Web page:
The first couple of years, the two sold nearly all of their wine directly to customers, without the need to distribute any at wholesale prices to wine shops or restaurants.

In 2000, Doug Charles took notice of the Walla Walla Vintners wines and wanted to include them in a new business he was opening: Compass Wines in Anacortes.

“Gary (Figgins) gave me a bottle out of his cellar when they first opened,” Charles said. “I loved the wines. There was a Vintners buzz in the late ‘90s and early 2000s. When we opened the shop, we bought up a bunch of Vintners stuff.”

Venneri remembers meeting Charles — and being uninterested in selling him wine. He knew he could sell his wine at full retail and saw little reason to give it to Charles for less. So Charles offered to buy 25 cases at full retail just to have the wine, which at the time was less than $20 a bottle. Venneri reluctantly went along with the deal, giving him a little bit of a discount.

“He was one of the first guys we wholesaled to,” Venneri said.

Through the years, Charles has remained a loyal fan and features the Vintners wines at Compass.

“They age beautifully,” he said. “They have acid structure and are not as fleshy up front. It’s a classic structure for aging. They seem to have kept that same elegant Walla Walla style. They haven’t become bigger wines. They've maintained that elegance.”

In his “Rare Washington Wines” club, Charles typically features the Vintners’ Sagemoor Cabernet Sauvignon or Vintage Select — and his customers love them.

“They’re one of the gems in Walla Walla,” Charles said. “They’re not as famous as the other guys, but they consistently make great wines.”

Great indeed.

In the first 16 years of Wine Press Northwest's Platinum Judging — a competition that includes only gold medal winners — Walla Walla Vintners has earned 12 Platinum awards. Five of those came last fall with three wines from the vaunted 2012 vintage and two from 2013. The Walla Walla Vintners 2012 Cabernet Sauvignon was the No. 2 overall wine out of nearly 700 entries, having earned its way into the judging by winning double gold and best of show at the Walla Walla Valley Wine Competition.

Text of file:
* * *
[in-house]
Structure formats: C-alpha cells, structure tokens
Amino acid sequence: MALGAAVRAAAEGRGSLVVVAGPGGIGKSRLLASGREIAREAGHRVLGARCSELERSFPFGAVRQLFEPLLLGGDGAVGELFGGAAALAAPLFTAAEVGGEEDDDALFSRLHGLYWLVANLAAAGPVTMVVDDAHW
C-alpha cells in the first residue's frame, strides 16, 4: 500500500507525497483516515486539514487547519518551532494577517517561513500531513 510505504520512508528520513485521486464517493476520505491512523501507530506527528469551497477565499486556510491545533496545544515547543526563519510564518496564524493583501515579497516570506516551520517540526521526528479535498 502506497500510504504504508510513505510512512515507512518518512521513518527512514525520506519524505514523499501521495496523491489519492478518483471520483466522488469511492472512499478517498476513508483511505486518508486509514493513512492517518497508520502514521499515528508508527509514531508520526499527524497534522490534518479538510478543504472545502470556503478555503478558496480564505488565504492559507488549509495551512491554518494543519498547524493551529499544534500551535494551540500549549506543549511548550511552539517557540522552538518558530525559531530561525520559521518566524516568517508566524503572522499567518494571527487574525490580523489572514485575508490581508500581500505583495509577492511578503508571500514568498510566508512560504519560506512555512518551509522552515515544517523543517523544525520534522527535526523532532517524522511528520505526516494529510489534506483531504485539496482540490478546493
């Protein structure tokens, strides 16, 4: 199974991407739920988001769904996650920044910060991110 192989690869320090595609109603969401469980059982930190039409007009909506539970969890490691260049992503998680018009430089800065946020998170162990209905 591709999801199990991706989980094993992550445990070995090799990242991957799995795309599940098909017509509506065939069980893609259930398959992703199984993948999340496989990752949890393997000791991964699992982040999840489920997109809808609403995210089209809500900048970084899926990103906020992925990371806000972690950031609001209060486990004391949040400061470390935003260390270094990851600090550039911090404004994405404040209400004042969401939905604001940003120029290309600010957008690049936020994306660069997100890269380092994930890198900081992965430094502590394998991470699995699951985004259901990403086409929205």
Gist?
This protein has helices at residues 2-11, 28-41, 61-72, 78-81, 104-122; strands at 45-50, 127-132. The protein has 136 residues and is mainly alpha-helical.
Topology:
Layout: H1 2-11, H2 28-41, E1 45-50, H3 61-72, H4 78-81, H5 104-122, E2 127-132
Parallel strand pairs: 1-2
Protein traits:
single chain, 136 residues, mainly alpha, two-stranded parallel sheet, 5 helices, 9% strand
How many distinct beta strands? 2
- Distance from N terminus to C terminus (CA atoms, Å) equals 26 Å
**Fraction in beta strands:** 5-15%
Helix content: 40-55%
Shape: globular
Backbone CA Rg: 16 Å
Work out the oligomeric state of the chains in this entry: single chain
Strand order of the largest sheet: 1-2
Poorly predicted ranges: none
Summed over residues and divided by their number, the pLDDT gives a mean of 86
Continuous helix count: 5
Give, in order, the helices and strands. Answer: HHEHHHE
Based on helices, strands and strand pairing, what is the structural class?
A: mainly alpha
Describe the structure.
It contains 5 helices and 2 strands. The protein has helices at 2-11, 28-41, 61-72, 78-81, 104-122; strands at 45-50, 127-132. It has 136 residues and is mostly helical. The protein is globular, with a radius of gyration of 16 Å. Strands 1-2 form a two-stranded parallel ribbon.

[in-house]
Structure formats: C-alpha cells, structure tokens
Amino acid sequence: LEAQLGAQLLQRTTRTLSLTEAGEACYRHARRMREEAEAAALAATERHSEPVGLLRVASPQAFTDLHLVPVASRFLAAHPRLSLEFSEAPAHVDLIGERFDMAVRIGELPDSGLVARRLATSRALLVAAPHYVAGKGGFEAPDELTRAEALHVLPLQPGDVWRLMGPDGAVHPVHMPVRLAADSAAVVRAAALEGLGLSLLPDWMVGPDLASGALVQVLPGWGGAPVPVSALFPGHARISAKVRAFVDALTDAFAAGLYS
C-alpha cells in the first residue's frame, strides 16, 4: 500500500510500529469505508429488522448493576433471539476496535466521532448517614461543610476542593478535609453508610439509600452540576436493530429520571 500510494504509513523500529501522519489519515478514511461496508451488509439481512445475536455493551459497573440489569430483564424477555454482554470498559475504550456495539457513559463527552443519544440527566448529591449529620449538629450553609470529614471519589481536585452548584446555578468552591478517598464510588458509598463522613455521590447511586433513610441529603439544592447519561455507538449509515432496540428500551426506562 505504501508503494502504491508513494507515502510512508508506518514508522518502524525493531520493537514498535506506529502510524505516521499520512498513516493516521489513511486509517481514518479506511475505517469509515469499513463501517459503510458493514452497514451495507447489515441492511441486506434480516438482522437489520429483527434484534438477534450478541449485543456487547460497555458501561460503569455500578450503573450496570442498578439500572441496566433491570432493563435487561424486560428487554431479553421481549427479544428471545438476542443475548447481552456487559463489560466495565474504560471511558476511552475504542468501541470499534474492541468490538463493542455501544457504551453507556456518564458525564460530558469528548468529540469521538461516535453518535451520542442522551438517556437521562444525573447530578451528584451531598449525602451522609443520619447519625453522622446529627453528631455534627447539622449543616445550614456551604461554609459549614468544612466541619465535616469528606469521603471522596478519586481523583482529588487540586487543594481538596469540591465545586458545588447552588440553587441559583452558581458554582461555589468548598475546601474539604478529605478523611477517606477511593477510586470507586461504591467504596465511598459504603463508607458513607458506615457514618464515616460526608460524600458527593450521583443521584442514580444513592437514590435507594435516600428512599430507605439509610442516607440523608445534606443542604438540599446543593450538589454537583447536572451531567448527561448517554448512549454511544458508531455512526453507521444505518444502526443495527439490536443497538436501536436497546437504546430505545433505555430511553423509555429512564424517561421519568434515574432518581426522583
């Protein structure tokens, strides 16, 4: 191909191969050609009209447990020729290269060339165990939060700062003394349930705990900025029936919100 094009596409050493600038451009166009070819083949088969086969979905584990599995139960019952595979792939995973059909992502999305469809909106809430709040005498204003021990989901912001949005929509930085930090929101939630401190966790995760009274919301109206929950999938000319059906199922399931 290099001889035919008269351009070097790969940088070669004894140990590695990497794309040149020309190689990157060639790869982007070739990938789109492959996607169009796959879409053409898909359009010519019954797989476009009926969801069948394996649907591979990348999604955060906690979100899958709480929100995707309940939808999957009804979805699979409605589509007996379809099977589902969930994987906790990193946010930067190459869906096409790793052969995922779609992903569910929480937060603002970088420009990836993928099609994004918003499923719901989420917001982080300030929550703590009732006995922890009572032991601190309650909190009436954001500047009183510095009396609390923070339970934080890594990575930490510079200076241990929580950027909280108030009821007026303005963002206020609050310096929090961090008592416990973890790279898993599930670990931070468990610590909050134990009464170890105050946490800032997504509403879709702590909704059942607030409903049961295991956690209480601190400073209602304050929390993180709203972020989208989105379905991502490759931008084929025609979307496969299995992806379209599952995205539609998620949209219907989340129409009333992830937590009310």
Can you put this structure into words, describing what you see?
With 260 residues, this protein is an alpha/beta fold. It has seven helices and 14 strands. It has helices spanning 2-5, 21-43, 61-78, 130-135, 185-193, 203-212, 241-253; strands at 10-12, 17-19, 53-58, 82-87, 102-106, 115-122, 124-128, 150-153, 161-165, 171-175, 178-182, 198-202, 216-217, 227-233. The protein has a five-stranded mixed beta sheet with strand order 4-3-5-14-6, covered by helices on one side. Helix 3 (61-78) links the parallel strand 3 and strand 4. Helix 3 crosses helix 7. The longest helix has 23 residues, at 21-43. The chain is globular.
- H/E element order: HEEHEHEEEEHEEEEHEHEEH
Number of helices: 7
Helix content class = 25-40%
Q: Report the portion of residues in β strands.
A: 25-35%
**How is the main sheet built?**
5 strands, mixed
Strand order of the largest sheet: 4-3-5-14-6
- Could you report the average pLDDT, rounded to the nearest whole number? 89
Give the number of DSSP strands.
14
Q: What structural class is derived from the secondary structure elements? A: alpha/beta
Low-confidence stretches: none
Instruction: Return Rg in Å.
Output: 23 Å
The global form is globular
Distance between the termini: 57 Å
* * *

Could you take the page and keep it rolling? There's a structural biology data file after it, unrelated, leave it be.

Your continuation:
In 2002, William VonMetzger joined the team at Walla Walla Vintners. He had been one of the first students at Walla Walla Community College’s viticulture and enology program — which Anderson was instrumental in starting in 2000. Through the years, VonMetzger was given more responsibility until he was named head winemaker about five years ago.

In 2011, Anderson was elected into the Legends of Washington Wine Hall of Fame, housed at the Walter Clore Wine & Culinary Center in Prosser.

Today, Venneri is 62 and Anderson is 75. Venneri retired from his day job about a decade ago — “the winery got so big that one of us had to retire, and I had a more flexible schedule” — and began to focus more on sales. Anderson has retired from Walla Walla Community College three times: He was brought back a couple of times to fill in for vacancies in the winemaking program, but his most recent retirement three years ago seems to have stuck.

Venneri and Anderson work closely with VonMetzger, participating in barrel tastings and blending and handling a lot of jobs during harvest. They remain the faces of Walla Walla Vintners while the more reticent VonMetzger is happiest while hiding in the cellar. Judah Pira — Anderson's son-in-law — works closely with grape growers.

Today, the team makes about a dozen wines each vintage, all reds. They’re now getting fruit from their estate 11-acre vineyard, which rises up the hill behind the winery off Mill Creek Road. They’ve maxed out their facility at around 6,000 cases and don’t have any great interest in growing bigger.

With all their successes, Venneri and Anderson remain earnest and honest about the way they run the winery. They seem in awe that they still have no troubles selling wine, and they don't take that for granted.

“It’s not about money,” Venneri said. “It”s about what kinds of wines we like, as long as we don't go broke. That’s our business plan.”

Andy Perdue is editor and publisher of Great Northwest Wine (greatnorthwestwine.com) and wine columnist for The Seattle Times.

Wine Press Northwest is pleased to provide this opportunity to share information, experiences and observations about what's in the news. Some of the comments may be reprinted elsewhere in the site or in the newspaper. We encourage lively, open debate on the issues of the day, and ask that you refrain from profanity, hate speech, personal comments and remarks that are off point. Thank you for taking the time to offer your thoughts.

Commenting FAQs | Terms of Service